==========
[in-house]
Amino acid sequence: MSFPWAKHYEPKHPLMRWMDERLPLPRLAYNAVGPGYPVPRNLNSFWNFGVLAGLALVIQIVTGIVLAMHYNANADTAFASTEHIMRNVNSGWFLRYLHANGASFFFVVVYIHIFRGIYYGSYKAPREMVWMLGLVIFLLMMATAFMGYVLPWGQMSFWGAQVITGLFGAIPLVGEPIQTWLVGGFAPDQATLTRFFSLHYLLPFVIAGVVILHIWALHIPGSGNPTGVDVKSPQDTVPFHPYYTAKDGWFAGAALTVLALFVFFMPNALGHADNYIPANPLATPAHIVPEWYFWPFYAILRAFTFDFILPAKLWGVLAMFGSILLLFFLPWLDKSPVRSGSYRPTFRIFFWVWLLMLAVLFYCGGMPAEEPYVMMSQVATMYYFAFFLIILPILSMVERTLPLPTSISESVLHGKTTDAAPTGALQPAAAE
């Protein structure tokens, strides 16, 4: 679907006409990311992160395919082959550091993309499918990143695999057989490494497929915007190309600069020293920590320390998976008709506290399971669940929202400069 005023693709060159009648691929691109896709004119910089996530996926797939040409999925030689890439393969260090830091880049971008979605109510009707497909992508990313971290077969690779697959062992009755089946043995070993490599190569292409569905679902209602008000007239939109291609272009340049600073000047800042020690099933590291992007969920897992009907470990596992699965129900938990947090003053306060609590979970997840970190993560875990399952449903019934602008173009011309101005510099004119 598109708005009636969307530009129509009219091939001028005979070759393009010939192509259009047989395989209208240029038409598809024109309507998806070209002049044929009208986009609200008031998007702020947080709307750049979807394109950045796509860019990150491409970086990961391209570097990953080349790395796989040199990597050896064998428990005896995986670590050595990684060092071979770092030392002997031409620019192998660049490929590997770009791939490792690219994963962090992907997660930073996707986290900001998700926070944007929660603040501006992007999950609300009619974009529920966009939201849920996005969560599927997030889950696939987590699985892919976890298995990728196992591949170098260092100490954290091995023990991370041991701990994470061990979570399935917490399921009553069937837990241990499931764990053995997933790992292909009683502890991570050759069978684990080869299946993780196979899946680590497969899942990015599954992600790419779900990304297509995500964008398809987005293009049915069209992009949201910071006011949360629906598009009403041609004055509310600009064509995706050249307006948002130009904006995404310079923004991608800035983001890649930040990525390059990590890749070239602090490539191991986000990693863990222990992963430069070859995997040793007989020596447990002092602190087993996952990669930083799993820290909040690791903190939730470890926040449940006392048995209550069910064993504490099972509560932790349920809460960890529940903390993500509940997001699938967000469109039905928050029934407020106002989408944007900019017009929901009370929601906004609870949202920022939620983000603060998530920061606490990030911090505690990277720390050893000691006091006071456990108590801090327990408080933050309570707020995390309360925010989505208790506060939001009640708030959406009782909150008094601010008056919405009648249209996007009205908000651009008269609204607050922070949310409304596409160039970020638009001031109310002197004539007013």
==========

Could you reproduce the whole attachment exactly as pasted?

[in-house]
Amino acid sequence: MSFPWAKHYEPKHPLMRWMDERLPLPRLAYNAVGPGYPVPRNLNSFWNFGVLAGLALVIQIVTGIVLAMHYNANADTAFASTEHIMRNVNSGWFLRYLHANGASFFFVVVYIHIFRGIYYGSYKAPREMVWMLGLVIFLLMMATAFMGYVLPWGQMSFWGAQVITGLFGAIPLVGEPIQTWLVGGFAPDQATLTRFFSLHYLLPFVIAGVVILHIWALHIPGSGNPTGVDVKSPQDTVPFHPYYTAKDGWFAGAALTVLALFVFFMPNALGHADNYIPANPLATPAHIVPEWYFWPFYAILRAFTFDFILPAKLWGVLAMFGSILLLFFLPWLDKSPVRSGSYRPTFRIFFWVWLLMLAVLFYCGGMPAEEPYVMMSQVATMYYFAFFLIILPILSMVERTLPLPTSISESVLHGKTTDAAPTGALQPAAAE
């Protein structure tokens, strides 16, 4: 679907006409990311992160395919082959550091993309499918990143695999057989490494497929915007190309600069020293920590320390998976008709506290399971669940929202400069 005023693709060159009648691929691109896709004119910089996530996926797939040409999925030689890439393969260090830091880049971008979605109510009707497909992508990313971290077969690779697959062992009755089946043995070993490599190569292409569905679902209602008000007239939109291609272009340049600073000047800042020690099933590291992007969920897992009907470990596992699965129900938990947090003053306060609590979970997840970190993560875990399952449903019934602008173009011309101005510099004119 598109708005009636969307530009129509009219091939001028005979070759393009010939192509259009047989395989209208240029038409598809024109309507998806070209002049044929009208986009609200008031998007702020947080709307750049979807394109950045796509860019990150491409970086990961391209570097990953080349790395796989040199990597050896064998428990005896995986670590050595990684060092071979770092030392002997031409620019192998660049490929590997770009791939490792690219994963962090992907997660930073996707986290900001998700926070944007929660603040501006992007999950609300009619974009529920966009939201849920996005969560599927997030889950696939987590699985892919976890298995990728196992591949170098260092100490954290091995023990991370041991701990994470061990979570399935917490399921009553069937837990241990499931764990053995997933790992292909009683502890991570050759069978684990080869299946993780196979899946680590497969899942990015599954992600790419779900990304297509995500964008398809987005293009049915069209992009949201910071006011949360629906598009009403041609004055509310600009064509995706050249307006948002130009904006995404310079923004991608800035983001890649930040990525390059990590890749070239602090490539191991986000990693863990222990992963430069070859995997040793007989020596447990002092602190087993996952990669930083799993820290909040690791903190939730470890926040449940006392048995209550069910064993504490099972509560932790349920809460960890529940903390993500509940997001699938967000469109039905928050029934407020106002989408944007900019017009929901009370929601906004609870949202920022939620983000603060998530920061606490990030911090505690990277720390050893000691006091006071456990108590801090327990408080933050309570707020995390309360925010989505208790506060939001009640708030959406009782909150008094601010008056919405009648249209996007009205908000651009008269609204607050922070949310409304596409160039970020638009001031109310002197004539007013």